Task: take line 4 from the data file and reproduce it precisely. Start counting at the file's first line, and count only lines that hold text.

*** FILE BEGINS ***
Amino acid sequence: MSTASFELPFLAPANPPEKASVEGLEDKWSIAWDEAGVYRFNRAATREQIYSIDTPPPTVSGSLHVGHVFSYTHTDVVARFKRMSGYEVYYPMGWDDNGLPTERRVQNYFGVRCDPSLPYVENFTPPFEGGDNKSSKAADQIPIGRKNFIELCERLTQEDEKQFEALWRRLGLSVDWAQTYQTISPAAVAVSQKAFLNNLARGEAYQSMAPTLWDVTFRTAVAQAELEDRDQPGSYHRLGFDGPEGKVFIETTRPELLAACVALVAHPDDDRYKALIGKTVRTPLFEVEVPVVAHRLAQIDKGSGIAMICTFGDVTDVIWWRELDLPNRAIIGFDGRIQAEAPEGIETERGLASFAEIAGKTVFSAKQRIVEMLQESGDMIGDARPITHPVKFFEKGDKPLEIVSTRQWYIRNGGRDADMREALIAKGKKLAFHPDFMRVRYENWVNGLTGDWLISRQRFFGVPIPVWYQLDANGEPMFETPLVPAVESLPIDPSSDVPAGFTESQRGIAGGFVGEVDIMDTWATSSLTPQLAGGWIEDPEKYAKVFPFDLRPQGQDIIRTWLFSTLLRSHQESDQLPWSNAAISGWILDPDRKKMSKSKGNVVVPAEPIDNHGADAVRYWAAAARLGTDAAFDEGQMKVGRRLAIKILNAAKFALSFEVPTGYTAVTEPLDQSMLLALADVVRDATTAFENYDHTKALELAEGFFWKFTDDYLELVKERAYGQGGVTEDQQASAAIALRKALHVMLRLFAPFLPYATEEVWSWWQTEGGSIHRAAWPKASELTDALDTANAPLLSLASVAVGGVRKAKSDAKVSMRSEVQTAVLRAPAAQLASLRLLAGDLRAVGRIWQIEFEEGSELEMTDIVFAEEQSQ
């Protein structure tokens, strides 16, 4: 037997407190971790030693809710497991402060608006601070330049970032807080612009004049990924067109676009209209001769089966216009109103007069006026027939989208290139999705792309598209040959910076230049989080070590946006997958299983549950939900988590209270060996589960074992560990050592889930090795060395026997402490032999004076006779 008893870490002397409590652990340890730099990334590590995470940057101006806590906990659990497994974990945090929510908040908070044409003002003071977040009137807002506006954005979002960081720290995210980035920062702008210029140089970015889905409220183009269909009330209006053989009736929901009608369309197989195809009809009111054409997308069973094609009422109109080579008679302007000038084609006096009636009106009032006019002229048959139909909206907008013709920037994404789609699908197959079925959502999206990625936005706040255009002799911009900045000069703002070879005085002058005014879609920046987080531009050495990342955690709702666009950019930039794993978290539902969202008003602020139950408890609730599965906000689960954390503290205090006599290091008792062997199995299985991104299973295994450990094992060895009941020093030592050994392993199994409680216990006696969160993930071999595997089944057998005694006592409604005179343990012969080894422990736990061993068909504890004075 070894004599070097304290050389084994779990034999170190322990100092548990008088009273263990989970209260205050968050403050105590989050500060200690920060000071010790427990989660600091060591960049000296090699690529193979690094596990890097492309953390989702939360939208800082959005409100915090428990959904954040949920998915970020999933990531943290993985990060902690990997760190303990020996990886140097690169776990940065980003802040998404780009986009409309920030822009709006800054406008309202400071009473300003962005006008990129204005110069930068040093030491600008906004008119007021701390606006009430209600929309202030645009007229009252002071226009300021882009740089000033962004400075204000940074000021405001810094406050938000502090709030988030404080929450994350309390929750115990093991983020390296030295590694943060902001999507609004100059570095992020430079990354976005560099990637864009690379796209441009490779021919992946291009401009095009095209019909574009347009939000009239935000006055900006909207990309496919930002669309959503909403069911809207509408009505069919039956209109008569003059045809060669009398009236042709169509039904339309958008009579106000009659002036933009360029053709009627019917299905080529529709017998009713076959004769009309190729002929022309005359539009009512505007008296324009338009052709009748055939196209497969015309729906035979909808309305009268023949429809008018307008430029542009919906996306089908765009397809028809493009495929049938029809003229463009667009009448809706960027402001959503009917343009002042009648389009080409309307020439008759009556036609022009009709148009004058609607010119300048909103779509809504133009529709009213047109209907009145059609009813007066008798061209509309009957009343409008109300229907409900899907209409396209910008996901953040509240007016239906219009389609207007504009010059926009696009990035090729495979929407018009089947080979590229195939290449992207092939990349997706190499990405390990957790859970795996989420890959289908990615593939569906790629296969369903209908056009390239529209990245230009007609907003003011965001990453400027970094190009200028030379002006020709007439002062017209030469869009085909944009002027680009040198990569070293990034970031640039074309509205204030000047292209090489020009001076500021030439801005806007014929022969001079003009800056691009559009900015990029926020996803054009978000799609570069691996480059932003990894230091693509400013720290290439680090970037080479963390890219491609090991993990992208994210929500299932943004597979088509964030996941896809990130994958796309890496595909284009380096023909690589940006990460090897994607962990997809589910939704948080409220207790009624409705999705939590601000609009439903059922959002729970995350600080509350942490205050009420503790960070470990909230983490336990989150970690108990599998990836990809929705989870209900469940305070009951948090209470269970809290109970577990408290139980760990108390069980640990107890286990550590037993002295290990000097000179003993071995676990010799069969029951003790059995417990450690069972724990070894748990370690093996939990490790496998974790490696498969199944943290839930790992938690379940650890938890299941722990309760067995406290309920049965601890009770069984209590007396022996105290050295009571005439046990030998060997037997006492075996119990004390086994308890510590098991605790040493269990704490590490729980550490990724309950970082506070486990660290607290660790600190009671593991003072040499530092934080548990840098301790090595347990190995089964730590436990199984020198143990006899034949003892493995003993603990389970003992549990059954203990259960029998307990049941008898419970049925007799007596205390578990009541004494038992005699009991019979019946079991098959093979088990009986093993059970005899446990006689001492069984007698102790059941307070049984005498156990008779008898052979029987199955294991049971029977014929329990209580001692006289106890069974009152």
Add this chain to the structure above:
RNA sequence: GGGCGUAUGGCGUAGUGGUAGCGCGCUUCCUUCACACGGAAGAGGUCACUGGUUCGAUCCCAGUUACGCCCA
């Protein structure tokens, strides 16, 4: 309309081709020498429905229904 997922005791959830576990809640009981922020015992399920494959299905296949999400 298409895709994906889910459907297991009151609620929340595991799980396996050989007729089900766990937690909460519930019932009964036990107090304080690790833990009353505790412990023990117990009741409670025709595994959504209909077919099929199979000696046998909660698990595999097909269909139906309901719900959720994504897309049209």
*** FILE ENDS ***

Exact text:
RNA sequence: GGGCGUAUGGCGUAGUGGUAGCGCGCUUCCUUCACACGGAAGAGGUCACUGGUUCGAUCCCAGUUACGCCCA